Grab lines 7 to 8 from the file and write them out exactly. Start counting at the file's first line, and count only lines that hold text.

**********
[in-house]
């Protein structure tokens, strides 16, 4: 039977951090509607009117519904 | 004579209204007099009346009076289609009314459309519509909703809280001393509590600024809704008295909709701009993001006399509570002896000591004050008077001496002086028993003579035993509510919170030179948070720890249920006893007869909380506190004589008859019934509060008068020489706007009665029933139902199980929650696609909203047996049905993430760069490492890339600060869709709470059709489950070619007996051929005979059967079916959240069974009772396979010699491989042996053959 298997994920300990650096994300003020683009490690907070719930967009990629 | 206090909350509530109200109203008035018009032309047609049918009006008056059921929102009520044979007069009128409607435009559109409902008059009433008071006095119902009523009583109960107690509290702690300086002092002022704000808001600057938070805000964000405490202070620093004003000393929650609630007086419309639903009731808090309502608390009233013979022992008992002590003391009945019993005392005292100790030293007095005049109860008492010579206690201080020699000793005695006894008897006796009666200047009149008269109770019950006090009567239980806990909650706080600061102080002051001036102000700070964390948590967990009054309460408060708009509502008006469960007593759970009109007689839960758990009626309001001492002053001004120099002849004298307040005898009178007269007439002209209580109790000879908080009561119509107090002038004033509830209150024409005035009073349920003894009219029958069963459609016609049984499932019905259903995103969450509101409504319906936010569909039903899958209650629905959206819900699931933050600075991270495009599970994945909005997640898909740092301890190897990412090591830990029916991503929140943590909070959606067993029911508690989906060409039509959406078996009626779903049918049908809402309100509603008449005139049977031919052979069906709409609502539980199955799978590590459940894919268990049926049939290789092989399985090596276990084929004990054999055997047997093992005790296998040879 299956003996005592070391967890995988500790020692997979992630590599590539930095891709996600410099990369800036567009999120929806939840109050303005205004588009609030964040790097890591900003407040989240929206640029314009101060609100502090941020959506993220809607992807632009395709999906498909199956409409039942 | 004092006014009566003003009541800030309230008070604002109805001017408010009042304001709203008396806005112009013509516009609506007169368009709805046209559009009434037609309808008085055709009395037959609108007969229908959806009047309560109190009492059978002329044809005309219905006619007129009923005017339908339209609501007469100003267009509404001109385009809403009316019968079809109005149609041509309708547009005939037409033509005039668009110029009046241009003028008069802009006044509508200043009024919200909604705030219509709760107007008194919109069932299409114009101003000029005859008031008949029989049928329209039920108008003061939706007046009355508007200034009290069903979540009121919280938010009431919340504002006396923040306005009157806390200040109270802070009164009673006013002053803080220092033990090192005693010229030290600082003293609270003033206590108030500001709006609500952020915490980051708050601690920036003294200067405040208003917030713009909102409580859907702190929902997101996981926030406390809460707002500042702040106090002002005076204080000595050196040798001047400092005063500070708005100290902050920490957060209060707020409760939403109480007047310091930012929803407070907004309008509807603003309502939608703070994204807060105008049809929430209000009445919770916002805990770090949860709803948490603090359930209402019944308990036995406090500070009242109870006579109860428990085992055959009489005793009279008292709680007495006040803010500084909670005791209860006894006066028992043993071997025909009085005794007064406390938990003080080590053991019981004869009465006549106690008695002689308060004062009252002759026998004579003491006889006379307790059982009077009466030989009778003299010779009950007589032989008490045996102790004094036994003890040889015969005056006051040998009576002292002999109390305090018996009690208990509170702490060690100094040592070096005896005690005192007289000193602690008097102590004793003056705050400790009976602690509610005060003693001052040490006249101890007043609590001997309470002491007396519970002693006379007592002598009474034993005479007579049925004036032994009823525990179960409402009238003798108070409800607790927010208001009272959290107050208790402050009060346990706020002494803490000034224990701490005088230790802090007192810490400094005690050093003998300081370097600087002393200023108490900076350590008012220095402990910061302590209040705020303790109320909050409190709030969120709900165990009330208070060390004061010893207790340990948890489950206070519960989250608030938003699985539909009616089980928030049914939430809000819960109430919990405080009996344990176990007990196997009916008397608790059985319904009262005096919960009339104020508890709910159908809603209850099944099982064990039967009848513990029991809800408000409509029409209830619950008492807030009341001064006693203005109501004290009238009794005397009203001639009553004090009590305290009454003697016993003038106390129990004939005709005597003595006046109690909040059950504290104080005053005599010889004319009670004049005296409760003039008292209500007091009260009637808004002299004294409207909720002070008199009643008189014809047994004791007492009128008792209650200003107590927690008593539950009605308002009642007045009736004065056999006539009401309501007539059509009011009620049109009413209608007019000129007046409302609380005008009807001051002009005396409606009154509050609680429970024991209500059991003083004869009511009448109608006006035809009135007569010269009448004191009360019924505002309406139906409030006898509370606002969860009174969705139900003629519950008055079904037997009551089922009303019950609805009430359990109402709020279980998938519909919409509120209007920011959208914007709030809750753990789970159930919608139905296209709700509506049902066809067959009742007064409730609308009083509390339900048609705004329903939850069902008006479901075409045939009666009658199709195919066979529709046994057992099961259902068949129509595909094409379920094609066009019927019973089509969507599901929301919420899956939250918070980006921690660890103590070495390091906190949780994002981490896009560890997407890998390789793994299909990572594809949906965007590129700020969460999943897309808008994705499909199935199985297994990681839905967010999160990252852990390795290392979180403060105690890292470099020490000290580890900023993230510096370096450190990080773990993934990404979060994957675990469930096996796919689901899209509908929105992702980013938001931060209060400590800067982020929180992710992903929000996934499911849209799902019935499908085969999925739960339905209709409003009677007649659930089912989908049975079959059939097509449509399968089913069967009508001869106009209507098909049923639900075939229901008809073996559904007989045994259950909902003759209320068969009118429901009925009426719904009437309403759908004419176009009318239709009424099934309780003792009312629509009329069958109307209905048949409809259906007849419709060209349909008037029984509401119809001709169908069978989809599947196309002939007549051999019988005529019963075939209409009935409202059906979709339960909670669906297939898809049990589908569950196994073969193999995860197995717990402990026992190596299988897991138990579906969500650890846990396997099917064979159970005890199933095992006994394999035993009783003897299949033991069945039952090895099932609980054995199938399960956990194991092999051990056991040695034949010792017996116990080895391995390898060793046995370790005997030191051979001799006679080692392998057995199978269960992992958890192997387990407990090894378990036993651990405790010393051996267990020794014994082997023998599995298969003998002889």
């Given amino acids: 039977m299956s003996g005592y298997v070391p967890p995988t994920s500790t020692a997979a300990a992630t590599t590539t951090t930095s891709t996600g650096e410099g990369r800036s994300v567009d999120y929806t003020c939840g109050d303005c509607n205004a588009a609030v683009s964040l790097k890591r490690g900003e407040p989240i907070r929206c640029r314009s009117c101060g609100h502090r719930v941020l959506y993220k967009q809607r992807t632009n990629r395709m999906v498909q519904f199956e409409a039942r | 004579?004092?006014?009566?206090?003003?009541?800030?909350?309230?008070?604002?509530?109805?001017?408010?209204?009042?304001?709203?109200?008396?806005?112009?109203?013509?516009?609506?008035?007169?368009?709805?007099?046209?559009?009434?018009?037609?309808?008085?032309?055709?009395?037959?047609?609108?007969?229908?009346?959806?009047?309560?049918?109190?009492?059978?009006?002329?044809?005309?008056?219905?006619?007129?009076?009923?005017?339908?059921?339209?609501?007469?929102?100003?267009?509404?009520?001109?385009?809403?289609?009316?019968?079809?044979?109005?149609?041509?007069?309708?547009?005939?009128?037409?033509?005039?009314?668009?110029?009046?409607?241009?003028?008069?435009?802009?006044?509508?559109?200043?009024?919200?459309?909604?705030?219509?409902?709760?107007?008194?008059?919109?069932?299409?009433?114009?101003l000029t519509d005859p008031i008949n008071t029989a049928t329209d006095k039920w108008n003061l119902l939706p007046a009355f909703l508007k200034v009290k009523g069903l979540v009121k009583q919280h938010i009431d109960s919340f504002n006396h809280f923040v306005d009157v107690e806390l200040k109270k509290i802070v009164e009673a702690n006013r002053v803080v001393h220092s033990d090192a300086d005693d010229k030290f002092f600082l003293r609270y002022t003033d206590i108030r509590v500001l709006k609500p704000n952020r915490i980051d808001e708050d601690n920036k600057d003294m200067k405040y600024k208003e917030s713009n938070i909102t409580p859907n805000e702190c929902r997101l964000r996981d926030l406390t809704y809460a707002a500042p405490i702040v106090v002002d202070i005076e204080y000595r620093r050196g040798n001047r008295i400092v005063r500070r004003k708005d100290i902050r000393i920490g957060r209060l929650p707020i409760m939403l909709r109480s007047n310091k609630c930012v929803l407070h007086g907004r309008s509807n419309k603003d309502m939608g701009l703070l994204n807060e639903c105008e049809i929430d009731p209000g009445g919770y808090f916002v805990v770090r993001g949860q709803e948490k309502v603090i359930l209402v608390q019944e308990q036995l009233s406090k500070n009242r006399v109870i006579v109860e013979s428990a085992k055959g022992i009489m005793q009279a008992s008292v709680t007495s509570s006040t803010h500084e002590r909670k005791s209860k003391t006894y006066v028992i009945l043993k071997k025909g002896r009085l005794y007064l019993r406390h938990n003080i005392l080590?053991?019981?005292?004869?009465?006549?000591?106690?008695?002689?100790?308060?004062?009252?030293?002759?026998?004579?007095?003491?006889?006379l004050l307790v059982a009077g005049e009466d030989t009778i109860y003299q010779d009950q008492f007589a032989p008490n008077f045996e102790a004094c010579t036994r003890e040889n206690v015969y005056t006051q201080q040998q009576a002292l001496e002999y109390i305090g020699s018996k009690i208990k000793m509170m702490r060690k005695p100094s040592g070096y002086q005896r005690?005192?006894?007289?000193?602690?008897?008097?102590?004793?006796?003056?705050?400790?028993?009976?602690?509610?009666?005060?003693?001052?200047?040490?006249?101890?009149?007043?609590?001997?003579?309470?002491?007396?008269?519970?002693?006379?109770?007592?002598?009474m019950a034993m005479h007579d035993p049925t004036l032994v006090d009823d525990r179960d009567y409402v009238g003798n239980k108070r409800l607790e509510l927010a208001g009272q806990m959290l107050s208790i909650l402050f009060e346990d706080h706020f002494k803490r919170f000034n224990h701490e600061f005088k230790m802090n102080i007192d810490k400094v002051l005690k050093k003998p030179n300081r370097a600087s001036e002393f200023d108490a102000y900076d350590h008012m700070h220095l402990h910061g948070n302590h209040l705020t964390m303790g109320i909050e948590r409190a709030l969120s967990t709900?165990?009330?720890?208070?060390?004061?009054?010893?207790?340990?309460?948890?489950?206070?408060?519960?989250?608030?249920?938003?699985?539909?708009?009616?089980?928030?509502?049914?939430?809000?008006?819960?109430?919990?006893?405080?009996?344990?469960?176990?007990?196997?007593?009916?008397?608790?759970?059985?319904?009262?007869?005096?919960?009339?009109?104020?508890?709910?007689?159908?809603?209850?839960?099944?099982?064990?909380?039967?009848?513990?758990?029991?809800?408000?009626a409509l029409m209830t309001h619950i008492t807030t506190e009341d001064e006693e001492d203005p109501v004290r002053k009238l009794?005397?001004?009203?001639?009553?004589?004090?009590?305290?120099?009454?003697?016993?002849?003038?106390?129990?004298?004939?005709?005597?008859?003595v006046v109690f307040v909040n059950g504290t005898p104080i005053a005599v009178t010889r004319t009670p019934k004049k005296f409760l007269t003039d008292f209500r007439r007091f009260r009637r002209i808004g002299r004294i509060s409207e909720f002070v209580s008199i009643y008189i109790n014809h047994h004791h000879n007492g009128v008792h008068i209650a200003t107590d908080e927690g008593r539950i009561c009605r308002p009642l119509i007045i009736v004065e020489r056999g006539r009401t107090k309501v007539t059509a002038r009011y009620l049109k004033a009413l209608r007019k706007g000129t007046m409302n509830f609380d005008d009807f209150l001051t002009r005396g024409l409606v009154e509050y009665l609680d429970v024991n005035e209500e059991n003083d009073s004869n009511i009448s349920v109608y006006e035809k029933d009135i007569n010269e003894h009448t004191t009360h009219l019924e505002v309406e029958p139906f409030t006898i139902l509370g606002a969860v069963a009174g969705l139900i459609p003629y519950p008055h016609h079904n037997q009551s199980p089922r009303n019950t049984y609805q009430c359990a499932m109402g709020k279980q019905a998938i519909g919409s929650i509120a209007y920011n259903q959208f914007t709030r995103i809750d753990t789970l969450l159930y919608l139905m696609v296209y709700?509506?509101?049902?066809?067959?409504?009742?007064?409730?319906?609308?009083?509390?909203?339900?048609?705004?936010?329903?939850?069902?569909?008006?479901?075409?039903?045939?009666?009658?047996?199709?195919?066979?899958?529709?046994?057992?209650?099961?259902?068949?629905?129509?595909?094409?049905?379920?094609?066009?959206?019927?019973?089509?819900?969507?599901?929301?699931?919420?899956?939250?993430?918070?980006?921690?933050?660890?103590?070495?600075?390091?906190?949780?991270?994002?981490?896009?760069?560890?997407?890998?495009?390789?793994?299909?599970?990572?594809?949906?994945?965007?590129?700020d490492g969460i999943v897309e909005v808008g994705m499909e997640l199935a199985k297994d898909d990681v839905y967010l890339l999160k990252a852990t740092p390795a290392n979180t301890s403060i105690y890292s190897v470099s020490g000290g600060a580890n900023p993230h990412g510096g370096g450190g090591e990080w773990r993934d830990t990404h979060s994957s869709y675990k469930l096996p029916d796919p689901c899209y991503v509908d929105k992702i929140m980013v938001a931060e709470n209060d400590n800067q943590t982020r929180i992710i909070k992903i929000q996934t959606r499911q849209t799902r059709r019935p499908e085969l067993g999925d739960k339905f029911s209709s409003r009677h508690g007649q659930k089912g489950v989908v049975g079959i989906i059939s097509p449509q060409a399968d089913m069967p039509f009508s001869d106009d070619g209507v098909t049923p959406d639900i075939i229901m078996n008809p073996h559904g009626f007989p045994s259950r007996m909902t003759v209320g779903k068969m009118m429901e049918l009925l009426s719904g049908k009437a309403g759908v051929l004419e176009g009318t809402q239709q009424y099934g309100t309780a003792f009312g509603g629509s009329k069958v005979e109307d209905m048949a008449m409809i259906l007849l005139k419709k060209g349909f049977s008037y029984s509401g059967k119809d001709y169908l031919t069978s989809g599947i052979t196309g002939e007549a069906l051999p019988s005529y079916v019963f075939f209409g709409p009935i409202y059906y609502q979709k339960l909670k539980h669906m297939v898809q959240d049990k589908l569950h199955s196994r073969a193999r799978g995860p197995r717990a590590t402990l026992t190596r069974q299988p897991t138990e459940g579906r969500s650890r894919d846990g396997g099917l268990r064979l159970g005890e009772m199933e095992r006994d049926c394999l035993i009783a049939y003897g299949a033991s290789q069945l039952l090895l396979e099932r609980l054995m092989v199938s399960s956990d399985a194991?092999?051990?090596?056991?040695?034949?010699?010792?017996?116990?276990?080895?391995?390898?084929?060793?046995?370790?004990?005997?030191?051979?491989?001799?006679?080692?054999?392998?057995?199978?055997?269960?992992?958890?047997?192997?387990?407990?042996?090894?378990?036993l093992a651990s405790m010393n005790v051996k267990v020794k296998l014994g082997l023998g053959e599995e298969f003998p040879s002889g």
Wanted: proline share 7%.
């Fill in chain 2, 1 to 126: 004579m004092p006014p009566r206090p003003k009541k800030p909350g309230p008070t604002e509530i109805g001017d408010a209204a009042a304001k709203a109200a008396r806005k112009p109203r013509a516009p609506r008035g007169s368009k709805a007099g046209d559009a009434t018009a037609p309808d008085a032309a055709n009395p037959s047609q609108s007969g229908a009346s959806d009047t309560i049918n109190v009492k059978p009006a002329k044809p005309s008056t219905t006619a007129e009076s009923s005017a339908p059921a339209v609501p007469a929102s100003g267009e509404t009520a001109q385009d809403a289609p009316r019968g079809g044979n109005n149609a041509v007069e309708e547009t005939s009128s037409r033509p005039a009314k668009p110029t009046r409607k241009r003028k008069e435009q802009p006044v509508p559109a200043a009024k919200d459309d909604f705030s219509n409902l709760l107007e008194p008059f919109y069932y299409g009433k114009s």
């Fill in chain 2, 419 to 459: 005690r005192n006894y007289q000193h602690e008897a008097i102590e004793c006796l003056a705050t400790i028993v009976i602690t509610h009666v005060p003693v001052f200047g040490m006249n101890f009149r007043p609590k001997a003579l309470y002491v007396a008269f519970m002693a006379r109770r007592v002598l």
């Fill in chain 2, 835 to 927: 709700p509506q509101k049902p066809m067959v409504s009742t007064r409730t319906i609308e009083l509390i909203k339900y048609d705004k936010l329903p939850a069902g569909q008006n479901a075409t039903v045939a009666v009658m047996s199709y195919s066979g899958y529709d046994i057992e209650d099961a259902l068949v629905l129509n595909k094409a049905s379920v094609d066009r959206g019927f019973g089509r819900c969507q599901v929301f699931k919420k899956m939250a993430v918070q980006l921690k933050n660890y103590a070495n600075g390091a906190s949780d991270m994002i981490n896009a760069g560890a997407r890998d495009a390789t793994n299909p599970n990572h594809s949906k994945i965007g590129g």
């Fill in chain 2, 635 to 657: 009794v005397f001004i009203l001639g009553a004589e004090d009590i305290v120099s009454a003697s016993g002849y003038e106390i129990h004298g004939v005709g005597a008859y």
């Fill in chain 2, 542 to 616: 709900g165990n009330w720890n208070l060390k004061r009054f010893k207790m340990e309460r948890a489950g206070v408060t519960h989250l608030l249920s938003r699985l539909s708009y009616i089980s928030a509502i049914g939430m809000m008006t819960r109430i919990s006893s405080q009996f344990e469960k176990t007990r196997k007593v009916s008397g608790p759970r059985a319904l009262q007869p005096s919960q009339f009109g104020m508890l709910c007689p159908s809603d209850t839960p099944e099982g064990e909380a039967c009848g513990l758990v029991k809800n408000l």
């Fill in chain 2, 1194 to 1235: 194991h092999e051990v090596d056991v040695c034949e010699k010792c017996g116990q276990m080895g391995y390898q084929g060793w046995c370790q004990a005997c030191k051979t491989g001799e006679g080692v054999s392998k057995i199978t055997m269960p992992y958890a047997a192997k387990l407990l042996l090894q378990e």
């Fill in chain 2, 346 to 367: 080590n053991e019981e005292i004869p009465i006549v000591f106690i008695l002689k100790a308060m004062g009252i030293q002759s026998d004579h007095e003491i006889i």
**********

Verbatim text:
């Fill in chain 2, 835 to 927: 709700p509506q509101k049902p066809m067959v409504s009742t007064r409730t319906i609308e009083l509390i909203k339900y048609d705004k936010l329903p939850a069902g569909q008006n479901a075409t039903v045939a009666v009658m047996s199709y195919s066979g899958y529709d046994i057992e209650d099961a259902l068949v629905l129509n595909k094409a049905s379920v094609d066009r959206g019927f019973g089509r819900c969507q599901v929301f699931k919420k899956m939250a993430v918070q980006l921690k933050n660890y103590a070495n600075g390091a906190s949780d991270m994002i981490n896009a760069g560890a997407r890998d495009a390789t793994n299909p599970n990572h594809s949906k994945i965007g590129g």
């Fill in chain 2, 635 to 657: 009794v005397f001004i009203l001639g009553a004589e004090d009590i305290v120099s009454a003697s016993g002849y003038e106390i129990h004298g004939v005709g005597a008859y």